BRAMPTON, ON. June 14, 2012 – The increased popularity of tattoos and body piercings means that more tattoo/piercing studios and salons are emerging to meet a growing demand for these services. Peel Public Health is alerting residents regarding the risk associated with tattoos or piercings obtained from uninspected establishments. Peel Public Health is offering education along with a list of inspected establishments to help residents reduce their risk for contracting infection or disease.
To protect the public’s health, Peel public health inspectors conduct regular inspections of personal services settings offering services such as tattoos, body and ear piercings, manicures, pedicures, hairdressing/barbering, permanent make-up, spa treatments, hair removal (waxing, electrolysis, laser, etc.) and facials. Inspections ensure minimum standards for cleaning, disinfection and basic infection control practices to prevent infection and transmission of blood-borne illnesses such as Hepatitis B, Hepatitis C and HIV.
Peel Public Health recently received complaints regarding tattoo and piercing services in uninspected establishments such as private homes. Most home establishments are not under inspection. Uninspected establishments present a risk of infection and disease from equipment that is not properly sterilized.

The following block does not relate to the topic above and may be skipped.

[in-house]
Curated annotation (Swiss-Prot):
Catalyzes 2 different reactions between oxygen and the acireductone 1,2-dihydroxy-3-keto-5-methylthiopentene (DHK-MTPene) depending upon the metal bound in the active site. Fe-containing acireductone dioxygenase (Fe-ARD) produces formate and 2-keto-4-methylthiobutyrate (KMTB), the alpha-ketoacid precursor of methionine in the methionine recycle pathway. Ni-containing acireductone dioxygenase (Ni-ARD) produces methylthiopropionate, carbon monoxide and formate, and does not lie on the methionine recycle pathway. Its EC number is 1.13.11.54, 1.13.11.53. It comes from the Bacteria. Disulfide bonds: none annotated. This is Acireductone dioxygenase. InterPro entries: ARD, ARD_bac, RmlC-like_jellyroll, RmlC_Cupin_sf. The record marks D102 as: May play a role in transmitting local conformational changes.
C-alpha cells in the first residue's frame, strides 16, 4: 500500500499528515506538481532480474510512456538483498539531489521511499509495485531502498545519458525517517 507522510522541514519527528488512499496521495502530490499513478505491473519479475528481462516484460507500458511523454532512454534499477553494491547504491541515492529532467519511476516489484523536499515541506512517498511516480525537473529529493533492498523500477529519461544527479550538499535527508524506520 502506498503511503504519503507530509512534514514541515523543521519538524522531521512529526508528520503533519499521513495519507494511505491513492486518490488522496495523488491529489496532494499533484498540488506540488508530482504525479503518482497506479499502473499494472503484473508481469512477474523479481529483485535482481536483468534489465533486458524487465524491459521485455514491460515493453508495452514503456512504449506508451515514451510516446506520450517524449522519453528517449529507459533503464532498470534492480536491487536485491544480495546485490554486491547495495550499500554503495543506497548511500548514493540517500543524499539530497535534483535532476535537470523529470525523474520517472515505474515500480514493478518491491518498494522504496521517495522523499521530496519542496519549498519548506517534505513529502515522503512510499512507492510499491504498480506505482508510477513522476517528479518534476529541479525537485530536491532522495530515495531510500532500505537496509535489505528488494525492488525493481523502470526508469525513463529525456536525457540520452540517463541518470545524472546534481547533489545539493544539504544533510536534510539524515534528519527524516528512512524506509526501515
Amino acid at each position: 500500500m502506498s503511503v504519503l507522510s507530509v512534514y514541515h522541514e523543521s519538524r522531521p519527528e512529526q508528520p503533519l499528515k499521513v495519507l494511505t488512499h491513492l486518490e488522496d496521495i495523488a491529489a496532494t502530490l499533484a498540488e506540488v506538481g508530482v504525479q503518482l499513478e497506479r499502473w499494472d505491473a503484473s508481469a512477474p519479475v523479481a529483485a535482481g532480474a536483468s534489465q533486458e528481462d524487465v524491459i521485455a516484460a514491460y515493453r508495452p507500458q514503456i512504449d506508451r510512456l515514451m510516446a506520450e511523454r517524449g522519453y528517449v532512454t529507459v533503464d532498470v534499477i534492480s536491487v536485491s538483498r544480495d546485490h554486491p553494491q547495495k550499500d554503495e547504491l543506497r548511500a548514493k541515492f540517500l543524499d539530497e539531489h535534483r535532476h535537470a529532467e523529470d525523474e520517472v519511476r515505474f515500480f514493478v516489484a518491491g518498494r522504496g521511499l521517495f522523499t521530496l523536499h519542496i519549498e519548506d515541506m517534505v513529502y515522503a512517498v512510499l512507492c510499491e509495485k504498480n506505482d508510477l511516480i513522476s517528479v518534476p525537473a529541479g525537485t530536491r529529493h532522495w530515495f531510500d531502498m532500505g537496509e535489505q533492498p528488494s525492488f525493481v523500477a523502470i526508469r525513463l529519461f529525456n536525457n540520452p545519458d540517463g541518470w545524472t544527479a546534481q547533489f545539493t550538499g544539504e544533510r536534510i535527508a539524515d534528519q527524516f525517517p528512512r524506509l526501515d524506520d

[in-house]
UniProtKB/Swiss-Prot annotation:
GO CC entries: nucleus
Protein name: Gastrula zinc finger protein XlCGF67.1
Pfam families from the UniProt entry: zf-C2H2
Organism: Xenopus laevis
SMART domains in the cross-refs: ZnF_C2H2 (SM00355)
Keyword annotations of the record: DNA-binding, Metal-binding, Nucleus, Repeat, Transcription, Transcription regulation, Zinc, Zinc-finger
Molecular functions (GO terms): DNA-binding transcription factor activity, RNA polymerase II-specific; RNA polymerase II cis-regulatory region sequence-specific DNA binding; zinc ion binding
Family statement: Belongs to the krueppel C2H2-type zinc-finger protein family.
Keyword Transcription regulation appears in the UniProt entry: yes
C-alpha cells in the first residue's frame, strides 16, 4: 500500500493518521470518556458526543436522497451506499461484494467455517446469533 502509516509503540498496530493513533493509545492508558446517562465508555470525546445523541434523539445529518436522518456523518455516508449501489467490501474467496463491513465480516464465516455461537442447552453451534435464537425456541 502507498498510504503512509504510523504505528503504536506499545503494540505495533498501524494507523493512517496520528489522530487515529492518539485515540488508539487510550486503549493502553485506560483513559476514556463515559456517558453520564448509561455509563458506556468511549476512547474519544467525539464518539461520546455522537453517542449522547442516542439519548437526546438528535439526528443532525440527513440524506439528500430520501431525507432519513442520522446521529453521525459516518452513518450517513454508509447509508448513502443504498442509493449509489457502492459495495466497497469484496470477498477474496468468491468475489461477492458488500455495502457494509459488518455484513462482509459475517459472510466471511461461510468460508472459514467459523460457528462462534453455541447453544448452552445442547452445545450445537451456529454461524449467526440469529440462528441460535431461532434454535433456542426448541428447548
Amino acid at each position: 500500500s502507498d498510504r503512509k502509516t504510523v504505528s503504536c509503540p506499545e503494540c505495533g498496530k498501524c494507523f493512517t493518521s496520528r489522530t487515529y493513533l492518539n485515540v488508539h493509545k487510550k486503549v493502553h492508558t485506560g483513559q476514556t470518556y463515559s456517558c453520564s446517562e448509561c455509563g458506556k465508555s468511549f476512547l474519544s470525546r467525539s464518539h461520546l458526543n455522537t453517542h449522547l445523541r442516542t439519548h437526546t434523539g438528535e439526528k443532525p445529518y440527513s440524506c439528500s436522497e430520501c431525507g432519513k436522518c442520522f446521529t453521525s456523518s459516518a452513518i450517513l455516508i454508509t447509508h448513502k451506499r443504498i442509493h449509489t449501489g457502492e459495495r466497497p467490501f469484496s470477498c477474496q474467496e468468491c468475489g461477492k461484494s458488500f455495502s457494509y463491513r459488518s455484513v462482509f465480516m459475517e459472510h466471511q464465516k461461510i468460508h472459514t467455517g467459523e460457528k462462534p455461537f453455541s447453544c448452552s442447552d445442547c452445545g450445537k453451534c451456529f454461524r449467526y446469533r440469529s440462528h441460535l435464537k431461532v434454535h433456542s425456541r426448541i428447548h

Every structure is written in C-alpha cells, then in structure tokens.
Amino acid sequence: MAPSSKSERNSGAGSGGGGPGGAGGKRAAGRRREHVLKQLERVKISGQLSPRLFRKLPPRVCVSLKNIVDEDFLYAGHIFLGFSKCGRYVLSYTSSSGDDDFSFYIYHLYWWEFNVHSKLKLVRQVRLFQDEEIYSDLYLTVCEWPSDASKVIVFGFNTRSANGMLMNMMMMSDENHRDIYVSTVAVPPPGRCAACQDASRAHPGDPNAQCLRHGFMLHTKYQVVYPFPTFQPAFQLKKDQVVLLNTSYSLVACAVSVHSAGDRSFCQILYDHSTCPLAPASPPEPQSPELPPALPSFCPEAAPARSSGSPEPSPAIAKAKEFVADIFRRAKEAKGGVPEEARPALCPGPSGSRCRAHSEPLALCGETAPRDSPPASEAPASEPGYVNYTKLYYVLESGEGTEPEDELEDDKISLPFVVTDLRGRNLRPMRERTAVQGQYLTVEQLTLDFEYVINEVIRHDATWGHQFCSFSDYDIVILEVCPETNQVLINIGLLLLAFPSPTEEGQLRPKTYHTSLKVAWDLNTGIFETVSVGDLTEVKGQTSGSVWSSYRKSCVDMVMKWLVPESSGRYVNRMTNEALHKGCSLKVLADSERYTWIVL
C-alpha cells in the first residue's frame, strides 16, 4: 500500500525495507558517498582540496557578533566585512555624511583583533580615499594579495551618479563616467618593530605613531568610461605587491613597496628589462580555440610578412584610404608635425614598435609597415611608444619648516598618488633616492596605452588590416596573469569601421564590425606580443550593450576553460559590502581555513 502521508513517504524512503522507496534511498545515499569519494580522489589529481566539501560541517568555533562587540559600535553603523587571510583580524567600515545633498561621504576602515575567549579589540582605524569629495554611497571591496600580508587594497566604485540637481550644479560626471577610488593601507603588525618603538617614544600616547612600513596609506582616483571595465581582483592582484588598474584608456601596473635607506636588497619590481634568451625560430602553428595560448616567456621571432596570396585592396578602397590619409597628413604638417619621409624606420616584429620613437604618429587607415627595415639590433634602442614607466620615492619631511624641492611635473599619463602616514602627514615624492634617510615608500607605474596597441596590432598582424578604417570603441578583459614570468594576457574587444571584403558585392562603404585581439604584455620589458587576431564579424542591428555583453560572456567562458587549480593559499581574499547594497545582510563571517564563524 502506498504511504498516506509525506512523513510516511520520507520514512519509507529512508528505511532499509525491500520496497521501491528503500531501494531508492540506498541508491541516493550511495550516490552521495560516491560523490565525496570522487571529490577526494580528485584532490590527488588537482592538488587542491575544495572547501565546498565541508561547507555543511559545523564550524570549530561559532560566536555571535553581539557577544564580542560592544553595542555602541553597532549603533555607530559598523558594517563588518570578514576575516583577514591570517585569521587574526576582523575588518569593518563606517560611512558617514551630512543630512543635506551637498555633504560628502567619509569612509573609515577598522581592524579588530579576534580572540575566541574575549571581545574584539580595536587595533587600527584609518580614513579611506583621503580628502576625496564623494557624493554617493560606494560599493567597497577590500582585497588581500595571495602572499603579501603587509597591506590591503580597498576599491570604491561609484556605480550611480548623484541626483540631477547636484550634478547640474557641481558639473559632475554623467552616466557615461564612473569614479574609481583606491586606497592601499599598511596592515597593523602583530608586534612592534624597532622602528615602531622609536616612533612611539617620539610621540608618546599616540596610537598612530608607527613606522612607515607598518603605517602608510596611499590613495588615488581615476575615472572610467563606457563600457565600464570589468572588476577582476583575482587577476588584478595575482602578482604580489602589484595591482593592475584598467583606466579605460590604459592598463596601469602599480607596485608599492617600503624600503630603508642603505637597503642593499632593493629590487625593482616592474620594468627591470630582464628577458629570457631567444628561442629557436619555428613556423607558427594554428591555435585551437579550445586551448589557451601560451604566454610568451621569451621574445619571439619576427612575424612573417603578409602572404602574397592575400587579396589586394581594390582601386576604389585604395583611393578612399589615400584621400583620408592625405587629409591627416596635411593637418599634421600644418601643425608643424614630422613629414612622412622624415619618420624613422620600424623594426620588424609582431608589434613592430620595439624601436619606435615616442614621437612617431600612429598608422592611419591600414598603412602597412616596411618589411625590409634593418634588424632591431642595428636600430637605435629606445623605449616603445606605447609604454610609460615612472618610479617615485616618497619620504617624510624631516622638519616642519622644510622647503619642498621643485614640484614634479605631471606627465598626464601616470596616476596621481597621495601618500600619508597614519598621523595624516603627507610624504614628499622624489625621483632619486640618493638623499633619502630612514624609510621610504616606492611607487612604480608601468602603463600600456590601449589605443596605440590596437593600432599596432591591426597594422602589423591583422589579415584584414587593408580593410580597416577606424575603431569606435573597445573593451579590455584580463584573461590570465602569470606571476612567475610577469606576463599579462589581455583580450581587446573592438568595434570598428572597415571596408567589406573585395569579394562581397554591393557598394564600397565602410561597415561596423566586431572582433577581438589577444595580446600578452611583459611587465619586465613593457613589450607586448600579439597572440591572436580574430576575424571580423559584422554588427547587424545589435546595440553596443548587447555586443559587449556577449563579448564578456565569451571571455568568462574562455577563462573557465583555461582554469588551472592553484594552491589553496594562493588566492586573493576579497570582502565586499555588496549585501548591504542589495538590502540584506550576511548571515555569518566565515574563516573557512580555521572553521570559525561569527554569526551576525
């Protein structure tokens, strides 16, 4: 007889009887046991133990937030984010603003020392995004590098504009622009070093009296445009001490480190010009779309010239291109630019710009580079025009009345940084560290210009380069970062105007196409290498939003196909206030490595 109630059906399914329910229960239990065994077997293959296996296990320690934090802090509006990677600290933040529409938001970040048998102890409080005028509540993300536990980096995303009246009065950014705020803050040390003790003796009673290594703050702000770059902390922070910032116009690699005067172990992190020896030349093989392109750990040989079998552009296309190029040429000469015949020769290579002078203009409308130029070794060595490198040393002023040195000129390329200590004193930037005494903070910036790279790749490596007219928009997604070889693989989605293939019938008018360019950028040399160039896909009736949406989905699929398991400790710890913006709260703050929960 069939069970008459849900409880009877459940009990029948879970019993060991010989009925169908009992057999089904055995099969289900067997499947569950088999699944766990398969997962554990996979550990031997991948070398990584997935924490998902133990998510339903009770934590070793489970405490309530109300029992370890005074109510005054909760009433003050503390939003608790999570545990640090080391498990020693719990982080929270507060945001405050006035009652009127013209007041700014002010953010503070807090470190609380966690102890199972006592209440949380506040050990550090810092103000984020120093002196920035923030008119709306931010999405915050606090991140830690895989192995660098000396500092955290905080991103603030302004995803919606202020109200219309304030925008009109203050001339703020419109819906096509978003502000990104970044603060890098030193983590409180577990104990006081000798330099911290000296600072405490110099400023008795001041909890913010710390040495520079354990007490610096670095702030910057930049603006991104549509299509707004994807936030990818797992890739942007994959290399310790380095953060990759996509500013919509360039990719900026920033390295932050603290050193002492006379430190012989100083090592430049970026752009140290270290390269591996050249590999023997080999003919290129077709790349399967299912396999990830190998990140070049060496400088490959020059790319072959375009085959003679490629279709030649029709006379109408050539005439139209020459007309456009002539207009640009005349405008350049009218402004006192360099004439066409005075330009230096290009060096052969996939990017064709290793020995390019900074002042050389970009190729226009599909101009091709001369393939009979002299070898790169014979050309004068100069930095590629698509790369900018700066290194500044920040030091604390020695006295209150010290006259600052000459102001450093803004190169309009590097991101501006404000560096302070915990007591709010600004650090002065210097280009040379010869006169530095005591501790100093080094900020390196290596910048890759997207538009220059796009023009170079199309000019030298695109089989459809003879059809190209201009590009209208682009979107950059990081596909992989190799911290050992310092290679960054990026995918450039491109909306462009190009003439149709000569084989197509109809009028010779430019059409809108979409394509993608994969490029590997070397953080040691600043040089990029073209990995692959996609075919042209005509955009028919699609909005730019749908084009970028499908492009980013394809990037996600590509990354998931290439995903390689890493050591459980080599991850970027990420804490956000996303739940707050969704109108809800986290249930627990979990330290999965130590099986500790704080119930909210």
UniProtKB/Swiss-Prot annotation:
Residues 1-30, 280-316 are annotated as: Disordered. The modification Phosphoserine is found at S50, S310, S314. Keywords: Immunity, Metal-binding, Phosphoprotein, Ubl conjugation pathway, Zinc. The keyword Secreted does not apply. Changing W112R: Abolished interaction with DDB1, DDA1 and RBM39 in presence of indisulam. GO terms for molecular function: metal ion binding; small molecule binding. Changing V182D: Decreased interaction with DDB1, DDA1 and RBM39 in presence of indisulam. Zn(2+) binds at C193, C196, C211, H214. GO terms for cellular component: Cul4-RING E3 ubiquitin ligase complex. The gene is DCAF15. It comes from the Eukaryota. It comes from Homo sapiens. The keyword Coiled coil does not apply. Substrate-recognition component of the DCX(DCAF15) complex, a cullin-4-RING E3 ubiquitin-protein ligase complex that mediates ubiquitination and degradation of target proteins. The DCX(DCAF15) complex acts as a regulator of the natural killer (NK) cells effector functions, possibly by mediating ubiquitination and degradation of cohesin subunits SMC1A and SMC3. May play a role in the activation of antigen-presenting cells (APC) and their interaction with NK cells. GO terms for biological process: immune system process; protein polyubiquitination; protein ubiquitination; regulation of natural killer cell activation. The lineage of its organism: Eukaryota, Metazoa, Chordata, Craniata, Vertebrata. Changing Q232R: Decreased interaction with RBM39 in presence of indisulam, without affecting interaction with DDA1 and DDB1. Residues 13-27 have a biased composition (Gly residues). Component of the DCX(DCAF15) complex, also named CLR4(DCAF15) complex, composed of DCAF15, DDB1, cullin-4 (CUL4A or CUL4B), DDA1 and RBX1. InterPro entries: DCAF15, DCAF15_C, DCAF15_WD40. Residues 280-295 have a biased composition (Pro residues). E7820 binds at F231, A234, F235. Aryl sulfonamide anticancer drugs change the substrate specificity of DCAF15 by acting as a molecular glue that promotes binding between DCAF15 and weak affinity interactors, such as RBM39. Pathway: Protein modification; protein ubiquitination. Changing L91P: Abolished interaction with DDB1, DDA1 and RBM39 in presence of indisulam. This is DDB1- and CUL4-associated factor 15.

“We are publishing a list of inspected salons and studios to encourage residents to ensure they are seeking personal services from reputable operators in inspected establishments. Our goal is to provide the education and information residents require to reduce their risk of infection,” says Paul Callanan, Director, Environmental Health, Region of Peel.
If getting a tattoo or piercing, residents are encouraged to select an inspected establishment and to learn what to expect from the service. Sterile needles should be used for each tattoo or piercing and the artist should wash his/her hands and wear new gloves before performing any tattoo or piercing. As well, artists should not be re-dipping needles in ink used on other clients. Jewelry used for piercing should be packaged and made of high-grade, sterile surgical steel or gold and piercing guns should be used only for lobes – other piercings require a new, individually packaged, sterile needle.
If residents want more information about safety in personal services settings or have a complaint about a personal services setting, they can contact a public health inspector at Peel Public Health by calling 905-799-7700 or visit the Public Health website at peelregion.ca/health/pss/.